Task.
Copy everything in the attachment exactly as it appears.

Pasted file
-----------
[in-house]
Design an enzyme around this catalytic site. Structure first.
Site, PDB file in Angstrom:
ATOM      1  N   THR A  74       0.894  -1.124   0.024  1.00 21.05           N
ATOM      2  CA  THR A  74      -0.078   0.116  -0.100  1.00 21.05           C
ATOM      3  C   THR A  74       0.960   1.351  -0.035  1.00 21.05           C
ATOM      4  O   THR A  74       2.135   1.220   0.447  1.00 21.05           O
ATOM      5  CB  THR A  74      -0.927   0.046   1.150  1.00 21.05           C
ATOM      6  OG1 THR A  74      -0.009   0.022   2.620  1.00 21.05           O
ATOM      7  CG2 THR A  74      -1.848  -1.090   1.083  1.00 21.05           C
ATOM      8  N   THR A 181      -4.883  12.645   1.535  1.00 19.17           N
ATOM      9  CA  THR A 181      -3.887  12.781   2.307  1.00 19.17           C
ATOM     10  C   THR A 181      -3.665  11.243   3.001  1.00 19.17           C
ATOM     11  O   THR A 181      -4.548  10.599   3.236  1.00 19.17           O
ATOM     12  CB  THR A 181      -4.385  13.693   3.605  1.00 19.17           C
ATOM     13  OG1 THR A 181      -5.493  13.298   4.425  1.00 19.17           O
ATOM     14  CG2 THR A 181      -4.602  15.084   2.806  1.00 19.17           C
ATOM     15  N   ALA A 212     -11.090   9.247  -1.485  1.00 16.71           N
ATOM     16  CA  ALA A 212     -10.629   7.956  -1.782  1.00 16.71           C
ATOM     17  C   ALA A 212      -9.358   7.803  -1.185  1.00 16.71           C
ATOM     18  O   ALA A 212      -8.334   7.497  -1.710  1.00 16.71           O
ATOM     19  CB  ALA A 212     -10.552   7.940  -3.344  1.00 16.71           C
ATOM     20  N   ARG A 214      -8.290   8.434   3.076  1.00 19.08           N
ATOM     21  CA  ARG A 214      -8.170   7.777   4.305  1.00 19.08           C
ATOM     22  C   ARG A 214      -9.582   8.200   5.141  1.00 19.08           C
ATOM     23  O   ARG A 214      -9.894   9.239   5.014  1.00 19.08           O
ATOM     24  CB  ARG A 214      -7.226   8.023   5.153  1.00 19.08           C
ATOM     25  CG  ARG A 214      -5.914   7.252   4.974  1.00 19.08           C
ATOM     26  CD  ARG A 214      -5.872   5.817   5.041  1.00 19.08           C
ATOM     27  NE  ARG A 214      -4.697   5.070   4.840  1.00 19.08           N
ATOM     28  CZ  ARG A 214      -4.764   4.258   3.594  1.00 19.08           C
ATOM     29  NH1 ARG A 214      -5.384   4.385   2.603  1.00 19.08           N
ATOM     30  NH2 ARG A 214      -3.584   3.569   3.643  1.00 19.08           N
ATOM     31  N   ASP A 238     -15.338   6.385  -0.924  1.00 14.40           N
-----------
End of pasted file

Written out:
[in-house]
Design an enzyme around this catalytic site. Structure first.
Site, PDB file in Angstrom:
ATOM      1  N   THR A  74       0.894  -1.124   0.024  1.00 21.05           N
ATOM      2  CA  THR A  74      -0.078   0.116  -0.100  1.00 21.05           C
ATOM      3  C   THR A  74       0.960   1.351  -0.035  1.00 21.05           C
ATOM      4  O   THR A  74       2.135   1.220   0.447  1.00 21.05           O
ATOM      5  CB  THR A  74      -0.927   0.046   1.150  1.00 21.05           C
ATOM      6  OG1 THR A  74      -0.009   0.022   2.620  1.00 21.05           O
ATOM      7  CG2 THR A  74      -1.848  -1.090   1.083  1.00 21.05           C
ATOM      8  N   THR A 181      -4.883  12.645   1.535  1.00 19.17           N
ATOM      9  CA  THR A 181      -3.887  12.781   2.307  1.00 19.17           C
ATOM     10  C   THR A 181      -3.665  11.243   3.001  1.00 19.17           C
ATOM     11  O   THR A 181      -4.548  10.599   3.236  1.00 19.17           O
ATOM     12  CB  THR A 181      -4.385  13.693   3.605  1.00 19.17           C
ATOM     13  OG1 THR A 181      -5.493  13.298   4.425  1.00 19.17           O
ATOM     14  CG2 THR A 181      -4.602  15.084   2.806  1.00 19.17           C
ATOM     15  N   ALA A 212     -11.090   9.247  -1.485  1.00 16.71           N
ATOM     16  CA  ALA A 212     -10.629   7.956  -1.782  1.00 16.71           C
ATOM     17  C   ALA A 212      -9.358   7.803  -1.185  1.00 16.71           C
ATOM     18  O   ALA A 212      -8.334   7.497  -1.710  1.00 16.71           O
ATOM     19  CB  ALA A 212     -10.552   7.940  -3.344  1.00 16.71           C
ATOM     20  N   ARG A 214      -8.290   8.434   3.076  1.00 19.08           N
ATOM     21  CA  ARG A 214      -8.170   7.777   4.305  1.00 19.08           C
ATOM     22  C   ARG A 214      -9.582   8.200   5.141  1.00 19.08           C
ATOM     23  O   ARG A 214      -9.894   9.239   5.014  1.00 19.08           O
ATOM     24  CB  ARG A 214      -7.226   8.023   5.153  1.00 19.08           C
ATOM     25  CG  ARG A 214      -5.914   7.252   4.974  1.00 19.08           C
ATOM     26  CD  ARG A 214      -5.872   5.817   5.041  1.00 19.08           C
ATOM     27  NE  ARG A 214      -4.697   5.070   4.840  1.00 19.08           N
ATOM     28  CZ  ARG A 214      -4.764   4.258   3.594  1.00 19.08           C
ATOM     29  NH1 ARG A 214      -5.384   4.385   2.603  1.00 19.08           N
ATOM     30  NH2 ARG A 214      -3.584   3.569   3.643  1.00 19.08           N
ATOM     31  N   ASP A 238     -15.338   6.385  -0.924  1.00 14.40           N